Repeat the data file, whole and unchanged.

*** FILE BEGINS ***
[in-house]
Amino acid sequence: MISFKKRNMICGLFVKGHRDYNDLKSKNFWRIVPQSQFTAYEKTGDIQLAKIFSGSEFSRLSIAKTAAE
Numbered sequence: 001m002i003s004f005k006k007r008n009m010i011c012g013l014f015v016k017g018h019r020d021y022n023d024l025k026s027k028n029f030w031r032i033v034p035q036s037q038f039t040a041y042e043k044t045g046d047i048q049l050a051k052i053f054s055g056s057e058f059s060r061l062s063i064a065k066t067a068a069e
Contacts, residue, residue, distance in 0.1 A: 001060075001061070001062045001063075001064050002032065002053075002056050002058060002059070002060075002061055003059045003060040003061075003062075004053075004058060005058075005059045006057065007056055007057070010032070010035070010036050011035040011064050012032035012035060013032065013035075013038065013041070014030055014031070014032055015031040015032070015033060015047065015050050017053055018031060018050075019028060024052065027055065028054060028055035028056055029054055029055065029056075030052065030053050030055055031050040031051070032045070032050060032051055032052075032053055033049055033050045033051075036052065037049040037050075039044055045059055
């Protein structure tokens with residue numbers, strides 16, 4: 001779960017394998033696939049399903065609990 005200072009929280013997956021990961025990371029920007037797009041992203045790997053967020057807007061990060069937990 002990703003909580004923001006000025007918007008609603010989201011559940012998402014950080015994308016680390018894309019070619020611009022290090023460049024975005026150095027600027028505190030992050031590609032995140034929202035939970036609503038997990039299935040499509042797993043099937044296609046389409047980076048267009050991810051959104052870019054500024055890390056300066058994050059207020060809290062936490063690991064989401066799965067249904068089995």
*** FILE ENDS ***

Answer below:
[in-house]
Amino acid sequence: MISFKKRNMICGLFVKGHRDYNDLKSKNFWRIVPQSQFTAYEKTGDIQLAKIFSGSEFSRLSIAKTAAE
Numbered sequence: 001m002i003s004f005k006k007r008n009m010i011c012g013l014f015v016k017g018h019r020d021y022n023d024l025k026s027k028n029f030w031r032i033v034p035q036s037q038f039t040a041y042e043k044t045g046d047i048q049l050a051k052i053f054s055g056s057e058f059s060r061l062s063i064a065k066t067a068a069e
Contacts, residue, residue, distance in 0.1 A: 001060075001061070001062045001063075001064050002032065002053075002056050002058060002059070002060075002061055003059045003060040003061075003062075004053075004058060005058075005059045006057065007056055007057070010032070010035070010036050011035040011064050012032035012035060013032065013035075013038065013041070014030055014031070014032055015031040015032070015033060015047065015050050017053055018031060018050075019028060024052065027055065028054060028055035028056055029054055029055065029056075030052065030053050030055055031050040031051070032045070032050060032051055032052075032053055033049055033050045033051075036052065037049040037050075039044055045059055
């Protein structure tokens with residue numbers, strides 16, 4: 001779960017394998033696939049399903065609990 005200072009929280013997956021990961025990371029920007037797009041992203045790997053967020057807007061990060069937990 002990703003909580004923001006000025007918007008609603010989201011559940012998402014950080015994308016680390018894309019070619020611009022290090023460049024975005026150095027600027028505190030992050031590609032995140034929202035939970036609503038997990039299935040499509042797993043099937044296609046389409047980076048267009050991810051959104052870019054500024055890390056300066058994050059207020060809290062936490063690991064989401066799965067249904068089995």